A mural can make you pause, marvel at the artistry, drink in the stimulating colors. But what can a mural actually do? For artist and community organizer Mac Love, it can accomplish quite a bit.
Known for his Believeland mural on West Ninth Street, his Rally Together work in Public Square and his 1,600-square-foot decorative wall classing up the construction in Edgewater Park, Mac Love is the type of artist who lets his geographic location influence his style. His passion and commitment to Northeast Ohio can be traced right back to his childhood abroad.
“My father is from North Olmsted, so I was raised on Cleveland sports,” says Love. “At 11, my family moved to Belgium, where I went to middle school and high school. The farther away I got from the U.S., the more the Indians sports scores gave me something to hold onto.”
His latest endeavor, a $240,000 Knight Foundation grant for a project called @Play, has him spending the next 18 months traveling every street in Akron. His mission? To identify where people play, locate where they experience positive or negative issues and discover what kind of art residents most want to see.
From this on-the-ground urban planning, 24 public art projects will be commissioned with a third of the funding reserved for local artists. The project de-emphasizes downtown in favor of lifting up all of Akron’s two-dozen neighborhoods.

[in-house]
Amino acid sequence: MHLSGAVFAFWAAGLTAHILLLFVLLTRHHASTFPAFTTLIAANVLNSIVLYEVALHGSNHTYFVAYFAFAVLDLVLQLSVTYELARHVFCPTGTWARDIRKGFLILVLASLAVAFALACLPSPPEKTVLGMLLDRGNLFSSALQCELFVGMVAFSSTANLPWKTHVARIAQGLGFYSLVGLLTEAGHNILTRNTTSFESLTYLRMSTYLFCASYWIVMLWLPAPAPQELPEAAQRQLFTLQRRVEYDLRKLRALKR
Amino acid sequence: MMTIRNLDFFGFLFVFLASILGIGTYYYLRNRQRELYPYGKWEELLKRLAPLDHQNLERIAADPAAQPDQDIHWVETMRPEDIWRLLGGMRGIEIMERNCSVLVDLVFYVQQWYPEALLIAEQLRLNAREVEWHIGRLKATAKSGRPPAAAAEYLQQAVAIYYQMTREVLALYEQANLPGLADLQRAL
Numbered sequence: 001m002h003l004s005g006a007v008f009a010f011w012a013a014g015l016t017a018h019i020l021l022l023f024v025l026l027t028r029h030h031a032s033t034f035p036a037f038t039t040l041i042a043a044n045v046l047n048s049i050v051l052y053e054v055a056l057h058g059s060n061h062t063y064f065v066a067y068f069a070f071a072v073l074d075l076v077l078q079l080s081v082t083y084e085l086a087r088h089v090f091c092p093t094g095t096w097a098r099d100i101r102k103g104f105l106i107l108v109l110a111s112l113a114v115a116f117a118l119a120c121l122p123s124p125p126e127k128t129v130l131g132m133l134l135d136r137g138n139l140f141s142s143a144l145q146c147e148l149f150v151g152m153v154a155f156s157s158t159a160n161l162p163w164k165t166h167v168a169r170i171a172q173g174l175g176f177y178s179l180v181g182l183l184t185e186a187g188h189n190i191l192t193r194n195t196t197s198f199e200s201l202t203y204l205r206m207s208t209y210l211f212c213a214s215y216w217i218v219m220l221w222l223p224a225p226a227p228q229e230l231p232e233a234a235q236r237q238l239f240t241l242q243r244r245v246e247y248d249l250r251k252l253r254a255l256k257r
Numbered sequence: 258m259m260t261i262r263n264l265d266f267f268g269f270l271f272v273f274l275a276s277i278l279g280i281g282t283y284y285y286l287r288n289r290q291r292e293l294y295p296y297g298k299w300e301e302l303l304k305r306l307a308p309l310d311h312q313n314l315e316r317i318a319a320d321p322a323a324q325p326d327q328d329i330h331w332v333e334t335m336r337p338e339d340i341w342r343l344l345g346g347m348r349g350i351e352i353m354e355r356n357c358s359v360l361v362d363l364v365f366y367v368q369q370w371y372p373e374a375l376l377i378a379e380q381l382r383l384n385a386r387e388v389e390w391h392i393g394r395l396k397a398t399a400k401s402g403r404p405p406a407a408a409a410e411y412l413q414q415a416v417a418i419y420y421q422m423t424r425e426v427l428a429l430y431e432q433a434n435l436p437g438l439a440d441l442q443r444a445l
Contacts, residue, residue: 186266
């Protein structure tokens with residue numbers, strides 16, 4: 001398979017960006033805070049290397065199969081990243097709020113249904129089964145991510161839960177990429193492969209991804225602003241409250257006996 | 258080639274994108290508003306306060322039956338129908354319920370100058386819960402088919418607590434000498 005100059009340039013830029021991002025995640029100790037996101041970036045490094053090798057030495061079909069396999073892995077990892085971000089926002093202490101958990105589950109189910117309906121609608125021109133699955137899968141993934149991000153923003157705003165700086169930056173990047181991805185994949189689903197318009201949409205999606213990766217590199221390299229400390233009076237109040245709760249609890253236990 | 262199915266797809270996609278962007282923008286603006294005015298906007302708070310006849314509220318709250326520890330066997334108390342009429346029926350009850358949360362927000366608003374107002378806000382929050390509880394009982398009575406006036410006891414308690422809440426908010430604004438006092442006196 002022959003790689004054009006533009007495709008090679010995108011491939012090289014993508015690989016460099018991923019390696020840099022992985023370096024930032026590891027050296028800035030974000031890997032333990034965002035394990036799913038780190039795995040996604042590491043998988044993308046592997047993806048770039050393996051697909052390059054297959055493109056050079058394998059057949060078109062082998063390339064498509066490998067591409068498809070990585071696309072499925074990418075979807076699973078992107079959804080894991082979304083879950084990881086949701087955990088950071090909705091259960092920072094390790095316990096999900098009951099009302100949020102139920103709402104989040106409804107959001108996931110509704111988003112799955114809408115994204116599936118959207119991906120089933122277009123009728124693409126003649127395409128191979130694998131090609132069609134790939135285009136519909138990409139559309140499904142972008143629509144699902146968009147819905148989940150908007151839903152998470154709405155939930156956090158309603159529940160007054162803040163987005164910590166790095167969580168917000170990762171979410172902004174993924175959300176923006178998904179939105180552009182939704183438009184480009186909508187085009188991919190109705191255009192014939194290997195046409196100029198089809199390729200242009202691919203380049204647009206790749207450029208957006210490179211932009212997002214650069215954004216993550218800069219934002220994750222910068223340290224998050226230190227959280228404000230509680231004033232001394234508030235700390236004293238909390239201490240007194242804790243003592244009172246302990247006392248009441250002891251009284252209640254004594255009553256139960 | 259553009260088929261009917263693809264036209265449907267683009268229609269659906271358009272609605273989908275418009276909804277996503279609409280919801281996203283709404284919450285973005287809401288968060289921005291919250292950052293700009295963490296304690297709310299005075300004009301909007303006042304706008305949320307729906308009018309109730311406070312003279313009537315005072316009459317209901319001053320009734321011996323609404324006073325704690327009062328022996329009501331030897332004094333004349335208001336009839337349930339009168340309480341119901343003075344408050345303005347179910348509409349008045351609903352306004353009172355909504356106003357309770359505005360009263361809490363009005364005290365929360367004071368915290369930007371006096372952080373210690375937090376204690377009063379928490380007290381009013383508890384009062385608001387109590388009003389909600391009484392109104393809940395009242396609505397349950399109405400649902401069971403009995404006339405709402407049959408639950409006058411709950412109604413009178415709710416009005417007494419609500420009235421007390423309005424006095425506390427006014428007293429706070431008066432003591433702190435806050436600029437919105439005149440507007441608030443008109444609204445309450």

“All over America, money is being pumped into downtowns, the heart of communities,” says Love. “But if you don’t take care of the arteries, the community won’t be healthy. We’ll get to downtown, but it will be the last place we visit after we walk the streets of the surrounding area.”
The official goals of @Play are threefold: to provide a forum where everyone can have input on what public art can look like; to give businesses and leaders an opportunity to see the authentic expression within their community; and to create a neutral environment where people with divergent viewpoints have an opportunity to express themselves. Unofficially, a fourth goal exists: these pieces can change the world.
With a coloring book for thousands of residents to submit their art ideas for the Kenmore neighborhood, a series of collaborative and thematic murals in Middlebury installed in January and an upcoming community painting project of a public pool area in Goodyear Heights, Love is focused on creating art locally while constantly seeking a way to make each piece reflect the narrative of the community.
“If we do this right, it will be a great roadmap to do justice to the people of Northeast Ohio,” says Love. “We’re focused on creating interactive art challenges that bring diverse people together and encourage deeper community connections. All of the communities we have spoken to want more creativity, more color and more vibrancy. Our goal is to give people the tools to add color to their neighborhood.”